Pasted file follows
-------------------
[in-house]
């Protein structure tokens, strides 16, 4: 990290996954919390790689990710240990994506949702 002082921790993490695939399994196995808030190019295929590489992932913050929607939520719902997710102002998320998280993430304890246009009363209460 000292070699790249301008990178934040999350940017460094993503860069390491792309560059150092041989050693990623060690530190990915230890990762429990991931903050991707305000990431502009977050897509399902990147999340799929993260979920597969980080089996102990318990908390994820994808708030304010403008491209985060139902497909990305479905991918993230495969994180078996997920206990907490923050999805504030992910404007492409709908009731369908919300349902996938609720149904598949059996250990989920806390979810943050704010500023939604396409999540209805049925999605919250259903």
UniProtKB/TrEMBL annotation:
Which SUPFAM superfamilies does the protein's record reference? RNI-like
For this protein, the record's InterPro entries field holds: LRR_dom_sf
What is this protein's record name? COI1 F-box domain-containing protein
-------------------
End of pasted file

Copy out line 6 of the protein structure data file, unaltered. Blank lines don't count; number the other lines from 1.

What is this protein's record name? COI1 F-box domain-containing protein